However, it has become easier to start thinking about buildings as powerplants as part of the real estate industry. Property technology, or proptech, is emerging as a new, interesting category of innovation that is creating a new normal way of thinking for the real estate industry. Many firms are starting to understand that buildings can be platforms for layers of new digital businesses and services, whether in hospitality, office, tenant services, or beyond. Now, energy is no different.


What is attracting Blueprint’s major investors, such as Lennar and Fifth Wall Ventures, to your platform?

What’s attracting investors from all sides—both energy and real estate, both strategic and traditional venture—is that the grid is evolving, buildings are evolving, and markets are evolving. If you can connect those dots at the right time, you can create a valuable platform. It’s about awareness of market timing as these worlds collide, and developing a clear blueprint, if you will, for the future. It’s an exciting time for investors to think about how their knowledge about buildings or energy technology can come together to create dynamic, safe, distributed grid platforms.

New York and California have been the vanguard of pressing for the utility industry to embrace renewables and a distributed grid , but they’ve taken different approaches to regulation. Question: Is the Blueprint model as applicable to both the California marketplace and building stock as NY’s?

Our platform is designed to easily transfer to any city and deregulated energy market. Of course, some things may have to be adjusted to account for slightly different market rules or values in every location. But in general, the concept of enabling buildings to participate in energy markets or energy meter bases through surplus power is replicable anywhere.

We chose New York as the company’s first market in large part due to the progress pushed by the REV program, as well as because it’s the real estate capital of the world. There are some great initial partners here who have a presence both locally and around the world. New York also has a very dense grid that really demonstrates the need for intelligent, local buildings as powerplants.

There are a lot of win-win-wins here in New York that could easily be replicated in other markets that are not too far behind ours, such as California or New England. There’s a lot of interesting stuff happening around the country right now.

Clearly, California’s utility sector is at a moment of transition: One of our three of the state’s major utilities is in bankruptcy, and new leadership is coming to the California Public Utilities Commission. Comment from your experience in both California and New York on what we might expect: Will-Distributed-Energy-Resources-Ultimately-Replace-Regulated-Utilities? 

I think we’ll see a lot of different answers to that question. After all, utilities are already different from one another; they fall into some main categories, but across the country, we have different types of utilities, models, and approaches to how things are run. I think that will continue to be true going forward, and that there will be a diversity of kinds of utilities in terms of how they make money and the role they play in the energy industry.

In general, Blueprint believes that the grid is more resilient and higher performing as a dynamic, distributed network; that it should consist of a mix of centralized and distributed generation and load sources; and that all of this should be scaled in a coordinated fashion. A great way to do that is to encourage a competitive dynamic marketplace for energy.

Right now, California is looking at redesigning, not just its physical infrastructure and corporate structure, but also its market structure. There’s never been a better time to go through the scenario analysis of encouraging competitive market participation, whether from buildings that have been enabled as powerplants or from small community solar farms. It’s a great moment to be thinking about how to ensure delivery, environmental performance, and, of course, safety, which is at the top of everyone’s minds right now.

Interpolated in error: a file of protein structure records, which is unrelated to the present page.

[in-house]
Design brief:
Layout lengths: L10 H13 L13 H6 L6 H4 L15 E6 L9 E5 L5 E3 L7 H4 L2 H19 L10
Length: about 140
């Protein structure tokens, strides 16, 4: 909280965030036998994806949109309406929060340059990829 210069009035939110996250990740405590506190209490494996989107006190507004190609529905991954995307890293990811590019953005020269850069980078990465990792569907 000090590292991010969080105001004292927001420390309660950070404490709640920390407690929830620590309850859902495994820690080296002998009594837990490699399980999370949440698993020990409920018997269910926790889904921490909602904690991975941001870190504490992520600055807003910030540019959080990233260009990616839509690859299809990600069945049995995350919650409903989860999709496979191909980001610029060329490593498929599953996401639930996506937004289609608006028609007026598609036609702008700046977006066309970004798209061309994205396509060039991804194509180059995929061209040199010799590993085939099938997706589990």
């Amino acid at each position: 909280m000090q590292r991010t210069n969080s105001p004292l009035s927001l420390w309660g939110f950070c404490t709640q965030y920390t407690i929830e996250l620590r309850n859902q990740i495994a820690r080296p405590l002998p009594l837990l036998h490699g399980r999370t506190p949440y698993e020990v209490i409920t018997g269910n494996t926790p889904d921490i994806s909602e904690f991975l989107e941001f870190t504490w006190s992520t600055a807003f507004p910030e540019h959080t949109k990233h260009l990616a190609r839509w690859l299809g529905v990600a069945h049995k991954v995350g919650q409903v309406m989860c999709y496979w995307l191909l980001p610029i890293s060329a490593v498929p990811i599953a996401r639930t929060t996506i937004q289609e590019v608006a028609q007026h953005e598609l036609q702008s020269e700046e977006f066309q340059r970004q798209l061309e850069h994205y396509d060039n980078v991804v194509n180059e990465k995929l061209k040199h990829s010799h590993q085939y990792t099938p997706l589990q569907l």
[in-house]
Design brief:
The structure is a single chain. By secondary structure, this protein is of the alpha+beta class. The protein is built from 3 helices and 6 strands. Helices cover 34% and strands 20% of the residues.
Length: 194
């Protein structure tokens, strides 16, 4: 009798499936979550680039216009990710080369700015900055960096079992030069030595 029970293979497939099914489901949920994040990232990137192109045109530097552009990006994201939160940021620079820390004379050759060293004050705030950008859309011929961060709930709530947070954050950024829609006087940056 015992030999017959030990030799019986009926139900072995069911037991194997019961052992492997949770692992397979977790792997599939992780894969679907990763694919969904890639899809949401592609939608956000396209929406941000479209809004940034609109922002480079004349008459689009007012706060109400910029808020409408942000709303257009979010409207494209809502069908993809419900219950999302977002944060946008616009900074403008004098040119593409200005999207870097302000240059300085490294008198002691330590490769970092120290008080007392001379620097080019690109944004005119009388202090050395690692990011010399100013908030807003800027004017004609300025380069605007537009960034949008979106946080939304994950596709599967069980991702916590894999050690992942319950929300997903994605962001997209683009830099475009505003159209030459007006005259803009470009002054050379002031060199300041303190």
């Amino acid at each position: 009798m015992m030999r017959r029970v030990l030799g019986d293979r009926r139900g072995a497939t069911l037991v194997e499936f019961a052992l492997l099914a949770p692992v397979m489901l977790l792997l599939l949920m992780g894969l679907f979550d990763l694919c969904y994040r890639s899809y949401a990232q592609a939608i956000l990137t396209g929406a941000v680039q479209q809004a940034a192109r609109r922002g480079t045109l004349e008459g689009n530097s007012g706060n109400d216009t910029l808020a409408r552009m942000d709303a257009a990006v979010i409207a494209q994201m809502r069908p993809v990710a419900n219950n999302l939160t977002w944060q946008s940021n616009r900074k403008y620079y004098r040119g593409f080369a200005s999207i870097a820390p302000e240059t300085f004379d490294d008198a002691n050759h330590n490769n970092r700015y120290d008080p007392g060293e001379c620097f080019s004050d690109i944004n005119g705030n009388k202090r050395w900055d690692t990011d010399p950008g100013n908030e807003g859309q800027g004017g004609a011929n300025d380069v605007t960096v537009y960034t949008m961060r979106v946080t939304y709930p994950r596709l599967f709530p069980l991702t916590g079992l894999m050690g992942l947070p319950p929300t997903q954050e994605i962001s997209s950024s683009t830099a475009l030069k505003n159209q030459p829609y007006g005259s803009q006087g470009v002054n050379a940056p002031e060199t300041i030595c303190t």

What are the next steps for building owners interested in capitalizing on the opportunity for distributed energy generation?

I would recommend finding a way to make their voices heard in policy discussions about this topic, especially in places where those discussions are happening in real time. Often the voice of the end user, such as buildings, and potential major contributor, is not as present as is probably relevant now. I would encourage that and there are many ways to do that through industry policy groups and it’s a good moment for it right now.

All around the country, there’s a supply chain of energy consultants, advisors, and project developers looking for ways to site more distributed energy in buildings. They are great resources. And of course, Blueprint Power is always here to help.

What benchmarks of success should interested real estate owners be focused on in the years to come?  

A great benchmark would be an increase in the number of buildings transacting in energy markets in a dynamic way. Another benchmark would be the real estate industry becoming more familiar and excited about becoming participants in the electricity grid. And the proliferation of more distributed clean energy across the built environment in cities would be very exciting.

Lastly, it clearly took some time for the real estate industry to catch on to the market potential of companies like WeWork and Airbnb. With your experience pitching Blueprint to the likes major building owners, the Urban Land Institute, or CBRE, have you seen an evolution in the aforementioned willingness to embrace and embrace Proptech and to buildings serving as powerplants?

Often, our sales pitches become more strategic discussions. The real estate community, including developers, landlords, and REITs, now see themselves not only as users of technologies and services, but also as potential investors in them. The growth of proptech has increased awareness of the value-add the real estate community can provide to other industries. They know their buildings play critical roles in new digital platforms, and they want to both adopt those technologies as asset owners, and help scale them faster in order to see the benefits as investors. There’s a lot of creativity in the real estate industry now about what role they want to play in this market beyond just adopting a new technology in their buildings. It will be interesting to see who figures this out first: the energy industry or the real estate industry.


© 2024 The Planning Report | David Abel, Publisher, ABL, Inc.